Study: Ignore Customers At Your Own Peril

Aug 25, 2004

By George Anderson

A new research study conducted by Customer Relationship Metrics says companies are forgetting one very important component when attempting to improve their level of customer service — the customer.

Too often companies embark on programs to fix what’s wrong by evaluating benchmark data. The problem, according to study, is, “When all is said and done, it’s the customer that has the final say if you have the best practices.”

Dr. Jodie Monger, president of Customer Relationship Metrics, says ivory tower thinking is often to blame for the failure to improve customer service. “Many of these initiatives come from top-level executives, who are usually far removed from customer interaction,” she told “Although companies may have initiated several solutions that are supposed to improve customer satisfaction, many are flawed because of [the company’s] neglect in bringing the customer into the mix.”

To test the power of incorporating customer feedback into improving service levels, Customer Relationship Metrics observed the performance of two contact centers over a six-month period.

Each of the call centers recorded customer comments to collect feedback when conducting post-call surveys. The difference between the two was in how the data was analyzed.

The first call center did automated surveys immediately following customer calls and tied the responses to the agent that took the original call. The second center also did a survey but aggregated numbers across the entire group.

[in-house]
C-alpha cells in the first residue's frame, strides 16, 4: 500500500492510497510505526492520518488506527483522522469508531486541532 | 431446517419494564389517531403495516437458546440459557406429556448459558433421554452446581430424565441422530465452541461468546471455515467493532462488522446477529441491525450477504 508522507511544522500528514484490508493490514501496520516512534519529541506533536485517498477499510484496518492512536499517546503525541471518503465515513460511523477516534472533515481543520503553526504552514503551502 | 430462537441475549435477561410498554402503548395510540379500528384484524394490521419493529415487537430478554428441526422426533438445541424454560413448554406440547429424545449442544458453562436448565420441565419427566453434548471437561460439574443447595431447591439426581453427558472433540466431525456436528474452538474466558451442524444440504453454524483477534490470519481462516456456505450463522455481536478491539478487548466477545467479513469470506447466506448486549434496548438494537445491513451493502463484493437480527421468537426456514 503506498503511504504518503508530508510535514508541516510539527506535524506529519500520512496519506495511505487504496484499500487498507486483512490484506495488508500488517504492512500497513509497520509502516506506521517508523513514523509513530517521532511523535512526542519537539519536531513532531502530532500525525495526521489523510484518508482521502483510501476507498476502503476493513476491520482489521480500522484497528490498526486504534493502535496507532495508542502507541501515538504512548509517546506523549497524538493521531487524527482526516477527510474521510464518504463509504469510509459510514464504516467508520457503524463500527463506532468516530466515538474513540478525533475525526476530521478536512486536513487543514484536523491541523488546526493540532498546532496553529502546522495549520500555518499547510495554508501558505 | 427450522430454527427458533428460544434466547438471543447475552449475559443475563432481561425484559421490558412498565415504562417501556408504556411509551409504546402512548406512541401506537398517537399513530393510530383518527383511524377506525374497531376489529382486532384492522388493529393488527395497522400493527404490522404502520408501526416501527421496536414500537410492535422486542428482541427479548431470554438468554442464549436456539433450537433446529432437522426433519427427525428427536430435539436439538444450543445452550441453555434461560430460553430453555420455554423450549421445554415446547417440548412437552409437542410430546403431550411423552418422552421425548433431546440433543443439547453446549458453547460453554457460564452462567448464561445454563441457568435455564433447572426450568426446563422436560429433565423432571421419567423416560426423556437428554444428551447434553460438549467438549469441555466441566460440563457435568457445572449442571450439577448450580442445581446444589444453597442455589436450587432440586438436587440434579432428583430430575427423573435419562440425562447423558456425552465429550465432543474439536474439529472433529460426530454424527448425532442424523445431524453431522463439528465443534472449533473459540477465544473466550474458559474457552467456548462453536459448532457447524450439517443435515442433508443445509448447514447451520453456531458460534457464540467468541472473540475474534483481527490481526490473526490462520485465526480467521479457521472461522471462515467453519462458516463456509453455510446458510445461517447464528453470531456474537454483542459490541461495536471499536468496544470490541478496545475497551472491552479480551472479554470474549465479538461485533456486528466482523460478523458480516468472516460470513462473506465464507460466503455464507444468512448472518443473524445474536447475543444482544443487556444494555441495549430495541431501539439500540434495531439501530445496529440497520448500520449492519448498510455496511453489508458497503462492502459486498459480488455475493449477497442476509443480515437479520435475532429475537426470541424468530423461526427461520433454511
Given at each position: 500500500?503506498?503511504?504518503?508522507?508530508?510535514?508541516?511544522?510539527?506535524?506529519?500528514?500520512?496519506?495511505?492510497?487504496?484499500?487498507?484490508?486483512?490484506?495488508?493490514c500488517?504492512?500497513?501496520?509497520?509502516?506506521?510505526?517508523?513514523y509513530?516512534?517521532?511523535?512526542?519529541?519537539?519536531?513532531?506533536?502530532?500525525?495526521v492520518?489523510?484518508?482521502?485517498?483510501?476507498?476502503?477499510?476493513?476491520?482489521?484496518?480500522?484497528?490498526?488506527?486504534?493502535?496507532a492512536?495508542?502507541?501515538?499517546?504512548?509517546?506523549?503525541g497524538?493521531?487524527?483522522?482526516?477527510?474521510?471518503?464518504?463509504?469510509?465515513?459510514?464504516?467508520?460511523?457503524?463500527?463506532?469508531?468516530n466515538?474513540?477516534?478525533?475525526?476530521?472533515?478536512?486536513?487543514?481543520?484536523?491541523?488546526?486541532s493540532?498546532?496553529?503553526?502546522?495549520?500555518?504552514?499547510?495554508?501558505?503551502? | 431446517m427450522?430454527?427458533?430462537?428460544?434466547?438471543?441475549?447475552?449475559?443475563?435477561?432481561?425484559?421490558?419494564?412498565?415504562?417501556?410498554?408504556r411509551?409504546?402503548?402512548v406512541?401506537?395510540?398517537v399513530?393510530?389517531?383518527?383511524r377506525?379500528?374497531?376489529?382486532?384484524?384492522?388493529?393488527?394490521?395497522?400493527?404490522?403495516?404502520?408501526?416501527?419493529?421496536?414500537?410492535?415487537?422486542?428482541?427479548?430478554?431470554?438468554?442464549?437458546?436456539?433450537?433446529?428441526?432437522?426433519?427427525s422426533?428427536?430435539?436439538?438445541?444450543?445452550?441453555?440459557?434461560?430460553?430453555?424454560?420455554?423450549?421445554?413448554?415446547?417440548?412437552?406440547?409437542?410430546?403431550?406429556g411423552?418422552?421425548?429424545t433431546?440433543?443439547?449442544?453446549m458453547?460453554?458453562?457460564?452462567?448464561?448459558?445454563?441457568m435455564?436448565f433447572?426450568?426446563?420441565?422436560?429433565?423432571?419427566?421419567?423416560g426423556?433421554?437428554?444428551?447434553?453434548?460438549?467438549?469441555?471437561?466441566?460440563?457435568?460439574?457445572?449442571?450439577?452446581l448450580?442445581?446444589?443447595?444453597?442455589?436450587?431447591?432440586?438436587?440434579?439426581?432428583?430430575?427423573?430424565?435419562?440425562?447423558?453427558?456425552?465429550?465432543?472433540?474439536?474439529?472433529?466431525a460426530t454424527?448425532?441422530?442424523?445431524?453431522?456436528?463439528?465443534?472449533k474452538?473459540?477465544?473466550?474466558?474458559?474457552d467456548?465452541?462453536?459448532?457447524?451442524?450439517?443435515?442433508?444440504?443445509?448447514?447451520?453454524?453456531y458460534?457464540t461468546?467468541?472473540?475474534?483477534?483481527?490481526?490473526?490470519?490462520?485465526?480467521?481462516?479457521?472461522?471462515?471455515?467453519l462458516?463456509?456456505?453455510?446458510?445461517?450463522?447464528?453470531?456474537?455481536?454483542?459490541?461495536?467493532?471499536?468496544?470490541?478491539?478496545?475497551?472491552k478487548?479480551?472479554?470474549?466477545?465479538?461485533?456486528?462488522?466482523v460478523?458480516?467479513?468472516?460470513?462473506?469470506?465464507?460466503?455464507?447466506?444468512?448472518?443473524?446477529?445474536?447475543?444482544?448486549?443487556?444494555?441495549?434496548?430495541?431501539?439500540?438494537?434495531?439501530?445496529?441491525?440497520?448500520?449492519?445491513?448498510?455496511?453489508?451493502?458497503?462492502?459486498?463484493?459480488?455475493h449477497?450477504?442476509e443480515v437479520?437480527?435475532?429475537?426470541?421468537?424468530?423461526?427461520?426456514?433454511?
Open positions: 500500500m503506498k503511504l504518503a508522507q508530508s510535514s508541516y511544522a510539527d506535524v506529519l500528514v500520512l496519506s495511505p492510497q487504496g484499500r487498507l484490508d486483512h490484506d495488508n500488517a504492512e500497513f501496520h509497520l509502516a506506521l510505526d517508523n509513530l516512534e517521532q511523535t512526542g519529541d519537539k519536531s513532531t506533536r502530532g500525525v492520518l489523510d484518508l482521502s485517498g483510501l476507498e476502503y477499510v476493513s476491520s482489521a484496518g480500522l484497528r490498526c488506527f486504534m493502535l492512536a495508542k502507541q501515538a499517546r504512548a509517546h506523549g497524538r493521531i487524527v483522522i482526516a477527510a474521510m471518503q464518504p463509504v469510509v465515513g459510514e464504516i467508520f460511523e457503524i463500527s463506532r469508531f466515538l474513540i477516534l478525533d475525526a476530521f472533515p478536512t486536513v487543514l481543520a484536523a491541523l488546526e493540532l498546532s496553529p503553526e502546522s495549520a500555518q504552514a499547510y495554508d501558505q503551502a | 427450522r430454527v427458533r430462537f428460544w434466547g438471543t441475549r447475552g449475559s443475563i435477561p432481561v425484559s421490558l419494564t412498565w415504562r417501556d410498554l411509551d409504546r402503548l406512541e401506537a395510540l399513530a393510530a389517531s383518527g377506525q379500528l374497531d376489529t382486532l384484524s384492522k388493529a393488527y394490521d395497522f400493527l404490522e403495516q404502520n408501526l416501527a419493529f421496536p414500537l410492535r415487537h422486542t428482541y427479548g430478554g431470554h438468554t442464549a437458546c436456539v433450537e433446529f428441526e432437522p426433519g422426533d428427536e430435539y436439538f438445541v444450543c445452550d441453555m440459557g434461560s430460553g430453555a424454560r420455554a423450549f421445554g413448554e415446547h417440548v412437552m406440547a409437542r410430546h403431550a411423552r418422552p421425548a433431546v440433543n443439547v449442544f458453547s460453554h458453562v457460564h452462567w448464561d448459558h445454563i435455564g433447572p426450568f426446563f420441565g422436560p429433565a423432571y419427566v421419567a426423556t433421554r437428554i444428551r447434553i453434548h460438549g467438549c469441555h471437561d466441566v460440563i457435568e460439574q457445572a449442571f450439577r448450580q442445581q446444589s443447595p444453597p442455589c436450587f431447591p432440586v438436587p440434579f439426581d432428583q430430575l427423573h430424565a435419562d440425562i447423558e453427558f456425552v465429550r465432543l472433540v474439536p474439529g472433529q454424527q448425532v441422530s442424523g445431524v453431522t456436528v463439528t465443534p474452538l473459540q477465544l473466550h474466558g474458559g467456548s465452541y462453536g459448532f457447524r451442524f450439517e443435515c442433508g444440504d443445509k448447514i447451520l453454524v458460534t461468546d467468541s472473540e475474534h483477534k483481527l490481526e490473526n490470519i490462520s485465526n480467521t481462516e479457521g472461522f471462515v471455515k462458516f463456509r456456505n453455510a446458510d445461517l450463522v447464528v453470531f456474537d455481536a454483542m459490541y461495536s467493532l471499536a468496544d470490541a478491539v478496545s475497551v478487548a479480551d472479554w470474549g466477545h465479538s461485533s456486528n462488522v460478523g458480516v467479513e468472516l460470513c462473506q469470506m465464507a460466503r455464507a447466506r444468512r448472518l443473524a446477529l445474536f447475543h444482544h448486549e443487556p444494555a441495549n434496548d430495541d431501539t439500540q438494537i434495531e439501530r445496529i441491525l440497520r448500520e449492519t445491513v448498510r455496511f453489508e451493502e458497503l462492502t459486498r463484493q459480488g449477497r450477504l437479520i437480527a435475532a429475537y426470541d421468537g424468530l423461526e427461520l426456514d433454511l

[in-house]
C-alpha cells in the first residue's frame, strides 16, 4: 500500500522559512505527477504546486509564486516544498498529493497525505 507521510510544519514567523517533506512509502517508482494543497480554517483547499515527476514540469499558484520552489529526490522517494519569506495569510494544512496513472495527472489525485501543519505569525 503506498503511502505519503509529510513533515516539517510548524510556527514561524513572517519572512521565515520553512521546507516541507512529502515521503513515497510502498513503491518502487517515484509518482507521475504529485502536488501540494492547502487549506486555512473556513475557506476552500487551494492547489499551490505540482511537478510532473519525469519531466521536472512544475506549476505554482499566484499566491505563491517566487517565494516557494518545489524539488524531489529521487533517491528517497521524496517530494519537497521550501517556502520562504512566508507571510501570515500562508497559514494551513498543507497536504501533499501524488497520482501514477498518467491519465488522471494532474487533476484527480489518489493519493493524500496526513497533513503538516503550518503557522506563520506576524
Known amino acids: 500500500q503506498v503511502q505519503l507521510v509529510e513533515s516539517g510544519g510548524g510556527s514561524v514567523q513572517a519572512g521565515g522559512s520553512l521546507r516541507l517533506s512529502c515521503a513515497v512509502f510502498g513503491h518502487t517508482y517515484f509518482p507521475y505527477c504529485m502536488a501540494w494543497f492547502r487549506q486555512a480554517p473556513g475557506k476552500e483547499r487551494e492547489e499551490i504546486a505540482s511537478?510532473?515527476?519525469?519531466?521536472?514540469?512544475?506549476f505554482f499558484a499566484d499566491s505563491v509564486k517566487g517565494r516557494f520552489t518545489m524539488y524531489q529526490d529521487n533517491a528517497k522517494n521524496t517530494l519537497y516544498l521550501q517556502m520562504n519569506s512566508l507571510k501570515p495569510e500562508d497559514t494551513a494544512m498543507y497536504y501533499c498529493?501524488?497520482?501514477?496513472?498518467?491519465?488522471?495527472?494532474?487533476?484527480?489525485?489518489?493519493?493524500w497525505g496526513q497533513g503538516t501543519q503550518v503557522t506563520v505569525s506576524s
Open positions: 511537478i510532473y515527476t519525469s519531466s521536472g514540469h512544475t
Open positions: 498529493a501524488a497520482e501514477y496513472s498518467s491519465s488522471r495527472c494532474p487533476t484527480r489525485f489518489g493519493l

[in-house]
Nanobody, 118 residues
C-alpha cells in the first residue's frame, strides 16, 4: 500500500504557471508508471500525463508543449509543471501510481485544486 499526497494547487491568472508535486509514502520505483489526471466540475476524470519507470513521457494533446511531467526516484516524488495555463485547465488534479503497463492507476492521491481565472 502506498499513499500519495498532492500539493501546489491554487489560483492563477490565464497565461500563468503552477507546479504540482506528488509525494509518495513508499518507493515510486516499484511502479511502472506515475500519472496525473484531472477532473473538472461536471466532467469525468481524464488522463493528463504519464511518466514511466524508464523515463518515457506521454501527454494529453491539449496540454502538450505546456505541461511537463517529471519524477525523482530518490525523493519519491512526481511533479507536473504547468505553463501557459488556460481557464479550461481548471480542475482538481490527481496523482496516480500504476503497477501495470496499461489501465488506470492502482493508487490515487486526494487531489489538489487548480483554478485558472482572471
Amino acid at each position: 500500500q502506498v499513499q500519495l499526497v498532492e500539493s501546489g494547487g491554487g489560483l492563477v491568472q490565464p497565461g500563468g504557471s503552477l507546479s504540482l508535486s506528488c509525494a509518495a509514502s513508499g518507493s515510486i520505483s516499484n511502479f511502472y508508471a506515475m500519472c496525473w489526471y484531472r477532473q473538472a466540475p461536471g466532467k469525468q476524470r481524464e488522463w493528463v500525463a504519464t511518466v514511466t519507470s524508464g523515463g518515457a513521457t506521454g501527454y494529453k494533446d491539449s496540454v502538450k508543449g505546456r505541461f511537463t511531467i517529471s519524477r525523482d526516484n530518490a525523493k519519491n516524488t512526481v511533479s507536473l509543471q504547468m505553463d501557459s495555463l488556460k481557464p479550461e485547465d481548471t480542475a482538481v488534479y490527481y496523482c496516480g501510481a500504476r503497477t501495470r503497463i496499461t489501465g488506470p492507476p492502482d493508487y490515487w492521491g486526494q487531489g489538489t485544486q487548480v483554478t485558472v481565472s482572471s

The result was that, after analyzing the results, the first contact center was able to work with specific agents to make changes, while the second center was not.

Because of this approach, agents at the first contact center became better able to resolve customer issues, resulting in 3,120 less repeat calls per month. The annual cost savings using this approach was estimated at $187,000.

The second center, however, experienced an increased number of repeat calls and annual expenses were increased by $52,300.

Moderator’s Comment: If improving customer service
is important, why do so few companies appear able to actually improve? What
are best practices companies should follow to see positive results?

Dr. Monger offers this: “In today’s commoditized economy,
the only differentiating factor and competitive advantage a company has is the
service it provides. All too often, companies that have the best product become
extinct due to poor customer service.”

George Anderson – Moderator

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